Thursday, February 18, 2021

Bureaucracy and Hunger in India

 Malnutrition in children has risen across India in recent years. Most Indian women are anaemic and poor women, especially so. And since undernourished mothers give birth to undernourished babies, experts say the worsening rate of malnutrition could be a result of women struggling to access nutrition benefits.

India's latest National Family Health Survey (NFHS), which shows that children in several states are more undernourished now than they were five years ago, is based on data collected in 2019-20. The survey was conducted in only 22 states before the onset of the pandemic - so experts fear the results will be much worse in the remaining states, where the survey began after the lockdown ended.

In Dahod, a rural and largely tribal district in India's western state of Gujarat, has seen a steep rise in the proportion of undernourished children compared with 2015-16, when the last survey was conducted. Stunting among children under five in Dahodis up from 44% to 55%. And the proportion of severely underweight children in the district has risen from 7.8% to 13.4%.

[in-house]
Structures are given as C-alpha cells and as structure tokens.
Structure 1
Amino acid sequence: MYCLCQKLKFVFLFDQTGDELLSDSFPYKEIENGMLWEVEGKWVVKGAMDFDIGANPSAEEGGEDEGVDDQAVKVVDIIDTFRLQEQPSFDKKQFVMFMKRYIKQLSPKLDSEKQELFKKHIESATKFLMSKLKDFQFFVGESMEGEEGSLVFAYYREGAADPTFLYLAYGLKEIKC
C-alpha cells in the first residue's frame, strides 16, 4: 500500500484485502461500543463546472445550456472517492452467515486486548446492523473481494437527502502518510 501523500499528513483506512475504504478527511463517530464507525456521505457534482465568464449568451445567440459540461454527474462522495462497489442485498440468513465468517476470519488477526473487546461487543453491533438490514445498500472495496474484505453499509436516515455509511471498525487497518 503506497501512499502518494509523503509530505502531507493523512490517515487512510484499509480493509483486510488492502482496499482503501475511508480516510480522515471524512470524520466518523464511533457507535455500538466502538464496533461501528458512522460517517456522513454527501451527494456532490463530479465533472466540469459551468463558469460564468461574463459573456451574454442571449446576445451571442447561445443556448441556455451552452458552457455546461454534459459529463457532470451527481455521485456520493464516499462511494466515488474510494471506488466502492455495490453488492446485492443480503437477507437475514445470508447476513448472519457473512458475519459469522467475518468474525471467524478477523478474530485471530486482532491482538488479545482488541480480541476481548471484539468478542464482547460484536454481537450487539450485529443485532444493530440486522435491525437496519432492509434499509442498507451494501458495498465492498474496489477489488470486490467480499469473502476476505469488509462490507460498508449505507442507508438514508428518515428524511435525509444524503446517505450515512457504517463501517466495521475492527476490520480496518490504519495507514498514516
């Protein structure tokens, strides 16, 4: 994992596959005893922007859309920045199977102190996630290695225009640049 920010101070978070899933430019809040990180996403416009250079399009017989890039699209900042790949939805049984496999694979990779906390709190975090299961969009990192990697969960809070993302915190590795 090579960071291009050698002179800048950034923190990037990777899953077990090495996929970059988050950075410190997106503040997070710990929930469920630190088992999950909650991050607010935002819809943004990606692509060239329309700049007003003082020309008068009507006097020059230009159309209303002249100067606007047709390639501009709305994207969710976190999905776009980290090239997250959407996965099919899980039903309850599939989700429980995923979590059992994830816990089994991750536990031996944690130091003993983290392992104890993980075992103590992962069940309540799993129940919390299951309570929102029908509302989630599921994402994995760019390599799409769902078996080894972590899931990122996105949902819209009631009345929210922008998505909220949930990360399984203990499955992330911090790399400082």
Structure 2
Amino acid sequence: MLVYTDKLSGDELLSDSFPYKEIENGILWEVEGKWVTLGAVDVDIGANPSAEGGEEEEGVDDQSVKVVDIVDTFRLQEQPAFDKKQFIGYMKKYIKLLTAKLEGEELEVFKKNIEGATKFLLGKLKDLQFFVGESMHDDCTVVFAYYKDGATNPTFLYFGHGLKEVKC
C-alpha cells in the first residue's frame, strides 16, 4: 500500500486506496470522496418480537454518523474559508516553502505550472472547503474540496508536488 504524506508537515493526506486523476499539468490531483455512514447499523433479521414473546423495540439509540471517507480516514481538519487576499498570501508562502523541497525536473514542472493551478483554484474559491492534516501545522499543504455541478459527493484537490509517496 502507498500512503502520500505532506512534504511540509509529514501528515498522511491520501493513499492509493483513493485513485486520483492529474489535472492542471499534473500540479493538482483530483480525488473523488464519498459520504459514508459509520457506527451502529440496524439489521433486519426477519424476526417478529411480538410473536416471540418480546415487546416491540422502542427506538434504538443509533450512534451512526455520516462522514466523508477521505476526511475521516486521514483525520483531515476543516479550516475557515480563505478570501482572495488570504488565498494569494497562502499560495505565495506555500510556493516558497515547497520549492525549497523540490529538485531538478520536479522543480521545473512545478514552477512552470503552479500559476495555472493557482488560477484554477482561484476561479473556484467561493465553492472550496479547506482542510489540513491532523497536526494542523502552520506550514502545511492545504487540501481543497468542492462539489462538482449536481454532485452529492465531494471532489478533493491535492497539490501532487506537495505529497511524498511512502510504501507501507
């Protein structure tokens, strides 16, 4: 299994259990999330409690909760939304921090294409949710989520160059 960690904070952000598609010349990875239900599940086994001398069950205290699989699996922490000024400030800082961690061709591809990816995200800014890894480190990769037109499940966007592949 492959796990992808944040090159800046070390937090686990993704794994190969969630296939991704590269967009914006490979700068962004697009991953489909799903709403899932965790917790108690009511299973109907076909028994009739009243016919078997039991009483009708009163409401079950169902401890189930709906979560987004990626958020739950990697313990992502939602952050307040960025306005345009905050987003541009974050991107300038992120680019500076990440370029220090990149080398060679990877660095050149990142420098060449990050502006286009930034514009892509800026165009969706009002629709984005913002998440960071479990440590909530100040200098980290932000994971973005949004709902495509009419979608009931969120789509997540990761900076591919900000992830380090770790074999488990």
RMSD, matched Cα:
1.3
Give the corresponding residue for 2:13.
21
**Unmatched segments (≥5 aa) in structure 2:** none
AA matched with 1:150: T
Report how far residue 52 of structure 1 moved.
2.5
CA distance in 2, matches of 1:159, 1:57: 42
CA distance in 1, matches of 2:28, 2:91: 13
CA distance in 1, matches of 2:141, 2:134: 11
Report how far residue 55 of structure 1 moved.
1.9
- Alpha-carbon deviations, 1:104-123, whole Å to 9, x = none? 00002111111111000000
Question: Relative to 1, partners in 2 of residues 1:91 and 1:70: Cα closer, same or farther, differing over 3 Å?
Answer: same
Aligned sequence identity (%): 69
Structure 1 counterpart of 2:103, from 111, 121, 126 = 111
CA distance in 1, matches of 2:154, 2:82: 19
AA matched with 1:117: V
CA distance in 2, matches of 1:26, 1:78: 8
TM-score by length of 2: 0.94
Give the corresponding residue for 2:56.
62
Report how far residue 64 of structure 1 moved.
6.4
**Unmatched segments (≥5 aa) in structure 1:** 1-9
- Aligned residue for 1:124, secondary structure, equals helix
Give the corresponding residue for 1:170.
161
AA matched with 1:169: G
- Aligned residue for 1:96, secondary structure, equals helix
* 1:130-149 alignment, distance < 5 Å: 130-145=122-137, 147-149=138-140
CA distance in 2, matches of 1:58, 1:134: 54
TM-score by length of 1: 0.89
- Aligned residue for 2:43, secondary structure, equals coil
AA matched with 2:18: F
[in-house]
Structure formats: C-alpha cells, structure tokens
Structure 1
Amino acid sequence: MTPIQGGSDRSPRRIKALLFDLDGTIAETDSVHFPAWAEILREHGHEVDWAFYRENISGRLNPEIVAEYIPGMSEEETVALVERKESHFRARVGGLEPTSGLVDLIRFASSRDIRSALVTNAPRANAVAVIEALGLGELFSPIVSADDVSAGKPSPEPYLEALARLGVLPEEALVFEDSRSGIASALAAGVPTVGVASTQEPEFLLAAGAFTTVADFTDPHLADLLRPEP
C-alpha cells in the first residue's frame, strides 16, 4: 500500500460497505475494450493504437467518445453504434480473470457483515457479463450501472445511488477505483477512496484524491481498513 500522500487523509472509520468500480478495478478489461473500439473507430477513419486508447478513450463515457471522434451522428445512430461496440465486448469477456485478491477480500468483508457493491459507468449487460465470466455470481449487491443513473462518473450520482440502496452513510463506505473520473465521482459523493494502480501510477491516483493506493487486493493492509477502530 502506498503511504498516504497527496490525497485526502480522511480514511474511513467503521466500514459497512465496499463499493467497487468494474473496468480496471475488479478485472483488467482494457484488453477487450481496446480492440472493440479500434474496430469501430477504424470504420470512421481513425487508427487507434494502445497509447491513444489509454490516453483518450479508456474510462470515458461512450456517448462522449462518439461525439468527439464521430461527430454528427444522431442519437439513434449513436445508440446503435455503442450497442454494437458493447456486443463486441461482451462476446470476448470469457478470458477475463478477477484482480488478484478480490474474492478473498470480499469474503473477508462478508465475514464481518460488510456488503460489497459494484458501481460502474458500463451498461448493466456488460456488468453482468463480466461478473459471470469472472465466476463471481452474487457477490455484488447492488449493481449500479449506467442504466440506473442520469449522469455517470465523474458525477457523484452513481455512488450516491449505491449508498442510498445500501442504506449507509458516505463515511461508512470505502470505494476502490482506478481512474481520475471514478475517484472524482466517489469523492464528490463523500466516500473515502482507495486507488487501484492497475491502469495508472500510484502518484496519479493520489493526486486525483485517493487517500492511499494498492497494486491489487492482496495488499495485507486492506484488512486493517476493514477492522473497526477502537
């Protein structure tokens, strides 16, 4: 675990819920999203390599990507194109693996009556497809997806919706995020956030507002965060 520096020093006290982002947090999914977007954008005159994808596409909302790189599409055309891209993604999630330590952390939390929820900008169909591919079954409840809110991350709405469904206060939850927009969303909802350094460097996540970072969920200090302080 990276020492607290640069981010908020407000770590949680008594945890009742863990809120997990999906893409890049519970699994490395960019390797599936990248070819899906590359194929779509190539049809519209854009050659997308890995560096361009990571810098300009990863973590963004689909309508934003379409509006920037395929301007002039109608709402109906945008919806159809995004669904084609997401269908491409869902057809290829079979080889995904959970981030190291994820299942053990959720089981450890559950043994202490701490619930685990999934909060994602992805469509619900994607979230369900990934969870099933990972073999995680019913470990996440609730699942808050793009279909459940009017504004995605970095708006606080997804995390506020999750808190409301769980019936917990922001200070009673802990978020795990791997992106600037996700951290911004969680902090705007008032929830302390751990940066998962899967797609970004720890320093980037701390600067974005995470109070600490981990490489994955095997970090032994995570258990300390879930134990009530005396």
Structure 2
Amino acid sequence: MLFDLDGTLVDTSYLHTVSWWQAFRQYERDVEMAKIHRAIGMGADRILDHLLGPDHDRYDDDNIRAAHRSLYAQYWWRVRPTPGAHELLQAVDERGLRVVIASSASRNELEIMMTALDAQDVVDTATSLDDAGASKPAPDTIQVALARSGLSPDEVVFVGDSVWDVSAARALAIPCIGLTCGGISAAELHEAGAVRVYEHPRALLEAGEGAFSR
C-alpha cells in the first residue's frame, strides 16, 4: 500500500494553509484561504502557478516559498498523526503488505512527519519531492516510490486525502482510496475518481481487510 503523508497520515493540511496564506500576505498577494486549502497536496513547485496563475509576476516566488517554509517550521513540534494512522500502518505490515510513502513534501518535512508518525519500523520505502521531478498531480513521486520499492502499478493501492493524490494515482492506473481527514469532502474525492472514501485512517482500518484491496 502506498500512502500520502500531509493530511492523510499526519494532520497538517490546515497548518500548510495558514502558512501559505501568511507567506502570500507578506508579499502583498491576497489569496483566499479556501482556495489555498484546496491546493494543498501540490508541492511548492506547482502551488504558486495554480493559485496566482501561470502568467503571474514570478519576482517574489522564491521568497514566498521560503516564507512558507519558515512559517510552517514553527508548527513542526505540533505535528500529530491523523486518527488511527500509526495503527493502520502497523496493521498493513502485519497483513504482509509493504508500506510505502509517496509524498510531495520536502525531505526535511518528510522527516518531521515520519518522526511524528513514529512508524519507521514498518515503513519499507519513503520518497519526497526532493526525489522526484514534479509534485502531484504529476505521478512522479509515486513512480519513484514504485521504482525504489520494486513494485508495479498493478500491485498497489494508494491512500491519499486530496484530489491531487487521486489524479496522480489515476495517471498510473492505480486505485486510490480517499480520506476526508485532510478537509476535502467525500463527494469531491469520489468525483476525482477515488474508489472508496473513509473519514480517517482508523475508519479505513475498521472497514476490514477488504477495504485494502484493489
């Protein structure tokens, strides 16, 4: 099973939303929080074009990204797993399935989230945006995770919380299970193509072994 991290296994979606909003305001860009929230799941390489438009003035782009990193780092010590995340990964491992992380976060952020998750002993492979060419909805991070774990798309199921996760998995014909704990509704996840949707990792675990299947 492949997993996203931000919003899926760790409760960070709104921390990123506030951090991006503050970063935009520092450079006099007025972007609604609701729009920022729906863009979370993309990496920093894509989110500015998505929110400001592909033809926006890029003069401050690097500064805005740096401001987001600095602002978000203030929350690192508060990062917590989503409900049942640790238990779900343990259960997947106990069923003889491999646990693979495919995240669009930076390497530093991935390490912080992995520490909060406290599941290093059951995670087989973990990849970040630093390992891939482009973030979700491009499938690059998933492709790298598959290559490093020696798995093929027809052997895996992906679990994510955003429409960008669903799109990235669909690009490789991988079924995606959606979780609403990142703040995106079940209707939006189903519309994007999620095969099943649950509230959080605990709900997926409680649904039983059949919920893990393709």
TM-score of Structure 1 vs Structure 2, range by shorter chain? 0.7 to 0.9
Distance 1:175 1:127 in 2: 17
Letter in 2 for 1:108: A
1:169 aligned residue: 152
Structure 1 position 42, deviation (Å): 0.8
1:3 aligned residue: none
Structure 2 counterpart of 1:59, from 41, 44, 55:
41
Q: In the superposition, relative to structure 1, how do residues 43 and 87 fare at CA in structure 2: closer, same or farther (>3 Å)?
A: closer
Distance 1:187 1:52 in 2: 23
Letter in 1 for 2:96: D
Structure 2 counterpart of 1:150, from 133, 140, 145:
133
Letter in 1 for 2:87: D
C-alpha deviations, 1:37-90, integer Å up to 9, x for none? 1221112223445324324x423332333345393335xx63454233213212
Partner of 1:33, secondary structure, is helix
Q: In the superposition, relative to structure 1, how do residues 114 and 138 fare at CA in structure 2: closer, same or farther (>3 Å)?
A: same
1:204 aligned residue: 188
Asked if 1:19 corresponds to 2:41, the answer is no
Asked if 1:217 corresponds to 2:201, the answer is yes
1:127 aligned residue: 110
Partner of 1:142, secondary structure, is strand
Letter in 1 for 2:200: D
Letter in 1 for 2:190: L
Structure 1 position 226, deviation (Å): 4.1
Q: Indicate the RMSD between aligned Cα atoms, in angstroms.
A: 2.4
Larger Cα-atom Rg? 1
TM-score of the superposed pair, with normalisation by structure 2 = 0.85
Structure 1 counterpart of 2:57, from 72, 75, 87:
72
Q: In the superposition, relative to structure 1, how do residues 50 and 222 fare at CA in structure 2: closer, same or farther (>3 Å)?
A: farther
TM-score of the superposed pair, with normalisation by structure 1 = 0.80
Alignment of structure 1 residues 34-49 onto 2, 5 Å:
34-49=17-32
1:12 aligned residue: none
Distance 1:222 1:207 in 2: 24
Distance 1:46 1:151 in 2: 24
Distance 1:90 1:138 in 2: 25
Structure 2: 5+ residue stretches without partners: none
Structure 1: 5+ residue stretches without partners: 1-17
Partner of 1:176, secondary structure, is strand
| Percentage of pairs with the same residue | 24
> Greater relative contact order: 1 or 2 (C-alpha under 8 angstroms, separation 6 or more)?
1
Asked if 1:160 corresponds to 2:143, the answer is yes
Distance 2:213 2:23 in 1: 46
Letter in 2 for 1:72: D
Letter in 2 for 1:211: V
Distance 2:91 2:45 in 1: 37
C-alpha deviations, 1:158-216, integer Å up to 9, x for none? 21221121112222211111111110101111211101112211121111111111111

Many families in Dahod migrate to cities to eke out a better living. But that also means being left out of massive government schemes that are mostly delivered at local level - so benefits aren't easily transferred across districts or states. This is despite the fact that there are three different schemes offering maternity and nutrition benefits to women in Gujarat.

Experts say "exclusion" is one of the main reasons for rising malnutrition levels across India. While migration creates geographical exclusion, bureaucracy and its need for documentation creates a form of social and economic exclusion.

Aadhar, the biometric government ID scheme, is a must-have for accessing nearly every social welfare programme in India. But a system that was meant to serve the poor more swiftly has often been accused of failing them. The poor have complained that linking the ID to their bank accounts or updating it with new information - such as when they migrate for work - involves multiple trips to government offices that they cannot afford. Despite the existence of government schemes, many women are unable to access them because of a lack of documents.

Malnutrition is rising across India - why? - BBC News

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